A reader recently wrote to me asking if there were any super-secret hush-hush methods of manufacturing the $1,500 in 5% cash back offered by this quarter's Chase Freedom bonus categories. As a reminder, those bonus categories are "Restaurants, Bed Bath & Beyond, H&M, and overstock.com."
I sent along to that reader, but also wanted to share with any other readers who may have missed Tagging Miles' post that Bed Bath and Beyond sells $200, PIN-enabled Visa gift cards with an activation fee of $6.95.
As I explained in a guest post at Doctor of Credit's website back in December, earning 5 Ultimate Rewards points per dollar on $200 PIN-enabled Visa gift cards isn't a great deal in terms of outlay ($6.95) versus income ($10.35). Rather, it's a good deal precisely because they're $200 Visa gift cards, so you can cram a lot more of them into a Bluebird or Serve card's $5,000 monthly load limit, or into a bank or credit union's without worrying about a high-volume "fraud" tripwire.
My experience at Bed Bath & Beyond roughly mirrors Tagging Miles': not all stores carry Visa gift cards, not all stores carry $200 cards, and stores that do may be extremely reluctant to sell large volumes. Yesterday I had trouble buying just $600 in gift cards, requiring a manager to slowly walk the cashier through the process, since she was sure she would be fired for letting so many cards walk out the door!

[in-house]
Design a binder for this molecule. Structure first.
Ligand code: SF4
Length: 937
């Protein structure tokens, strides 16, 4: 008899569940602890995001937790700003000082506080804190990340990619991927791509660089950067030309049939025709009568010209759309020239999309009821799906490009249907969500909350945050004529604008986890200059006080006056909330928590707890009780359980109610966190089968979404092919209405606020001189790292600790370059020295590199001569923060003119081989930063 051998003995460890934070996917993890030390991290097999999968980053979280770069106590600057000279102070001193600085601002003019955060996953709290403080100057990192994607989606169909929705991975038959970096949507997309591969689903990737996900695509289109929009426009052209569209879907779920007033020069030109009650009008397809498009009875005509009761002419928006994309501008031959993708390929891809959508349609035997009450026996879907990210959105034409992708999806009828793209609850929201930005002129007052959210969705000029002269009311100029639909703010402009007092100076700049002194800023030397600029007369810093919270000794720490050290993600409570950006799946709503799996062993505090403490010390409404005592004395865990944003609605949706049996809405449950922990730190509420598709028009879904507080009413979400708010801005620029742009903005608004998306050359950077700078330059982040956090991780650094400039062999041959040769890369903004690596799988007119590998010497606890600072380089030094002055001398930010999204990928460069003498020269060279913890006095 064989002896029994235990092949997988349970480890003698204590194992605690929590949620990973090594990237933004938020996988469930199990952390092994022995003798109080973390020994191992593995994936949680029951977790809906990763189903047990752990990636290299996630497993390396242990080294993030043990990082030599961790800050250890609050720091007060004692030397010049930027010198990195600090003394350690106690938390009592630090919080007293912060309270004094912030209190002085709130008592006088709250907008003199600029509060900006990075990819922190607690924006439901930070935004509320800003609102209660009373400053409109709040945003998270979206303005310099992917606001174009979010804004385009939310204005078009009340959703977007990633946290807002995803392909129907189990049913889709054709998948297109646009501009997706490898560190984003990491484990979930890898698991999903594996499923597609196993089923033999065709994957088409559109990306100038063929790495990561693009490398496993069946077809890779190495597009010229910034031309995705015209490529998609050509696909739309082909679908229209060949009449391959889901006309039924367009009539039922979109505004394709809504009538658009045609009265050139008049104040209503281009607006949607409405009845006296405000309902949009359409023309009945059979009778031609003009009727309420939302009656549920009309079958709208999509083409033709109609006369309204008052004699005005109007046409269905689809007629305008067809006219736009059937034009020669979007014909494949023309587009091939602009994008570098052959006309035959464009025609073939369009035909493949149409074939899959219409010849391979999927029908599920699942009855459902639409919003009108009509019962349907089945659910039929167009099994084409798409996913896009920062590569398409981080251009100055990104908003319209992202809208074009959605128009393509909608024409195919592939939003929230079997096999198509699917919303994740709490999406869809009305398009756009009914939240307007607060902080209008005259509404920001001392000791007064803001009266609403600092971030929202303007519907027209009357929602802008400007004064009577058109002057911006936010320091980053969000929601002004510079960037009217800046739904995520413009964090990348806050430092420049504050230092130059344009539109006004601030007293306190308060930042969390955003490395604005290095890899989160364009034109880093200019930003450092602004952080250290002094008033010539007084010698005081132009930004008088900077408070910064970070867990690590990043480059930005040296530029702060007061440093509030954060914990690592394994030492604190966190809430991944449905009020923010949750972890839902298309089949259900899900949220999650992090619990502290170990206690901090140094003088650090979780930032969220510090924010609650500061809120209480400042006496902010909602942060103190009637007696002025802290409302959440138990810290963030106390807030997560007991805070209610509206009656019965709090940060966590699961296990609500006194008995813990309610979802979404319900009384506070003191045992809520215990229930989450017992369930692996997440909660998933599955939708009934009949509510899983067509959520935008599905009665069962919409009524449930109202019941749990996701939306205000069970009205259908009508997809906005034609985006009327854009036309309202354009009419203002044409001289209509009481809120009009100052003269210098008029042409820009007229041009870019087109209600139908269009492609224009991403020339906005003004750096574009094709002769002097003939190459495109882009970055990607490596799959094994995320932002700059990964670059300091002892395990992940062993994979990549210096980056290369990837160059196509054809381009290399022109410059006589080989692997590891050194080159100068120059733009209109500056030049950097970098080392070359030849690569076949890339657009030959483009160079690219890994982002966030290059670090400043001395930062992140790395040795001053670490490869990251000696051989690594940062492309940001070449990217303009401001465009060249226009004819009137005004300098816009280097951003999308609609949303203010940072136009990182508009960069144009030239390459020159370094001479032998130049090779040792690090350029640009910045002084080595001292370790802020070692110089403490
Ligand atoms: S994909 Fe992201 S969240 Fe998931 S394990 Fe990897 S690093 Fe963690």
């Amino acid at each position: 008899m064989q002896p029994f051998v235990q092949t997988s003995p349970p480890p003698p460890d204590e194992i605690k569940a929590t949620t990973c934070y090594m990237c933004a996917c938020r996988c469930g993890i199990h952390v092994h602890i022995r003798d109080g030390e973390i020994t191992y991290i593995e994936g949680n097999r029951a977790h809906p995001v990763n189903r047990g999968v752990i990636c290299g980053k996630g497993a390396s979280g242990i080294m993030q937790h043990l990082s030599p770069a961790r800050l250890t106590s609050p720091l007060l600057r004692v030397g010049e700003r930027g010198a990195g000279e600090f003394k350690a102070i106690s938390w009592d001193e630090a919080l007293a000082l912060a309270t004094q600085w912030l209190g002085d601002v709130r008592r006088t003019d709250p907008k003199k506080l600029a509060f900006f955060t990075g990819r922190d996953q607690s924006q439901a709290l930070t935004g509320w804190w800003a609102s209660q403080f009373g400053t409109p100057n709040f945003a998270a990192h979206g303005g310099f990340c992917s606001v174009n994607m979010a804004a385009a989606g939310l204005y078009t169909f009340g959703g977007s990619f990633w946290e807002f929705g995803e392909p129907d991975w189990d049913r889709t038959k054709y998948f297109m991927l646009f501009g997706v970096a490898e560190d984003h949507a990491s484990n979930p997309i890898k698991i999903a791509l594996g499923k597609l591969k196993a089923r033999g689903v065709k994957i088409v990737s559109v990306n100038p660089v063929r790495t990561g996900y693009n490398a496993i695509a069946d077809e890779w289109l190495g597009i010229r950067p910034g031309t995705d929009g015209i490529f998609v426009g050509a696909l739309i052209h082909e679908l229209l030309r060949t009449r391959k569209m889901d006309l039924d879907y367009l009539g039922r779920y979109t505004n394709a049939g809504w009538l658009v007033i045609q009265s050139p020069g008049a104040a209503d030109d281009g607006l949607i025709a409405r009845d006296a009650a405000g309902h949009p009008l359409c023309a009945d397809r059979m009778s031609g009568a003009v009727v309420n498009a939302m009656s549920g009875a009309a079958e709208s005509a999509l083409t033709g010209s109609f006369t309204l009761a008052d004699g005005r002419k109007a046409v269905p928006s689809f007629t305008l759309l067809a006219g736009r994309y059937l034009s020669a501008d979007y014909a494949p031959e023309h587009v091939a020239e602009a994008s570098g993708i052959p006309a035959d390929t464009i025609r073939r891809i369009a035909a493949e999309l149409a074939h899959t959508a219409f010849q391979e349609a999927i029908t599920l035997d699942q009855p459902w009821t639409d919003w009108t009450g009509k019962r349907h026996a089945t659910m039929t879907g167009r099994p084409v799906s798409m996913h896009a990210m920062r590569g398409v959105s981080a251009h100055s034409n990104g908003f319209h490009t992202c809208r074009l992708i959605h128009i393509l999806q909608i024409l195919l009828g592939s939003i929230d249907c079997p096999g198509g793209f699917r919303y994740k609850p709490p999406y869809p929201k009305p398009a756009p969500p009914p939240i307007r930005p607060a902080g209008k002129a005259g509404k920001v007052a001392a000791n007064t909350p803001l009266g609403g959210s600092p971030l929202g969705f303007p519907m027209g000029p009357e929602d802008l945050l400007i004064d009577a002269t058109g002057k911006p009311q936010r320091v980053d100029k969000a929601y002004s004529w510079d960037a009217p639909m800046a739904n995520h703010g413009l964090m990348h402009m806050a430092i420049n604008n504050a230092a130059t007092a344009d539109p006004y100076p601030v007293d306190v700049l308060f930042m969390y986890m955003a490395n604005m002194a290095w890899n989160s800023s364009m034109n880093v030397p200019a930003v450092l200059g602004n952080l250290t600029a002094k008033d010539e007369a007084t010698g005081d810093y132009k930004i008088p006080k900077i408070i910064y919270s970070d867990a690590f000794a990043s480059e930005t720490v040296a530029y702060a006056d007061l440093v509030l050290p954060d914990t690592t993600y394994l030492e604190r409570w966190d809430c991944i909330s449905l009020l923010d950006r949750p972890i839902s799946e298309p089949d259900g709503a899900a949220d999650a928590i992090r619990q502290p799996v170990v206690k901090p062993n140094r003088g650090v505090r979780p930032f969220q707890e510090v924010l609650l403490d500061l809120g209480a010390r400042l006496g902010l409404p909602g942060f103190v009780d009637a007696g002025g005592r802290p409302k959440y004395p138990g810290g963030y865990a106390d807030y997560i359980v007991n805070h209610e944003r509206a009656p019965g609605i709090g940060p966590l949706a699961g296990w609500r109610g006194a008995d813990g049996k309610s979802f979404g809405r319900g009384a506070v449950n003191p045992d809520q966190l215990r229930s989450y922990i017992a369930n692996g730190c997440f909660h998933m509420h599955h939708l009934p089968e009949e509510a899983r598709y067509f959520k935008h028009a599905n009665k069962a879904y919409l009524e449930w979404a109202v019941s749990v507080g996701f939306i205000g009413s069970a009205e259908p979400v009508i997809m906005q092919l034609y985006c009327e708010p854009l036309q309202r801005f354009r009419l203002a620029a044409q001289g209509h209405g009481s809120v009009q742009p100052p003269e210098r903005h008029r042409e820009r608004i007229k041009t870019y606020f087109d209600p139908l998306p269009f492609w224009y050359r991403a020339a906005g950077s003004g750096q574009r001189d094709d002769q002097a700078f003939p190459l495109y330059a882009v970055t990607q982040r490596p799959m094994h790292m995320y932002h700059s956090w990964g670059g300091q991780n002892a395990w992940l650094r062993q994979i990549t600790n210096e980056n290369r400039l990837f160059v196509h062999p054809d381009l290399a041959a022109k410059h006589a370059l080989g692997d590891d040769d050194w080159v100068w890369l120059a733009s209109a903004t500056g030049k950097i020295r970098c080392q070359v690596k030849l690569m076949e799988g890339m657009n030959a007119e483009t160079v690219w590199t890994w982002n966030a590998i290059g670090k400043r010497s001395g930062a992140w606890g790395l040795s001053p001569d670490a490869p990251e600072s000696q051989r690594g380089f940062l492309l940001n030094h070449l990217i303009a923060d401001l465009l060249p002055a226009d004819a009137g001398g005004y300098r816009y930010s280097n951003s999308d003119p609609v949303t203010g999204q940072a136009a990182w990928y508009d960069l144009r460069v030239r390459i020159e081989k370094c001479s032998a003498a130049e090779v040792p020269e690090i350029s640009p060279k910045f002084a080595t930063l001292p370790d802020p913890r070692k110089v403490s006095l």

In any case, while I know many of my readers won't have any trouble spending $1,500 at restaurants this quarter, I'm as a rule extremely reluctant to use cards for both manufactured spend and "real" purchases. So if you're like me, go ahead and take 3 trips per Chase Freedom card down to your local Bed Bath & Beyond and buy no more than $600 per visit. Then you can get back to putting your actual restaurant charges on a 2% or 2.22% cash back card.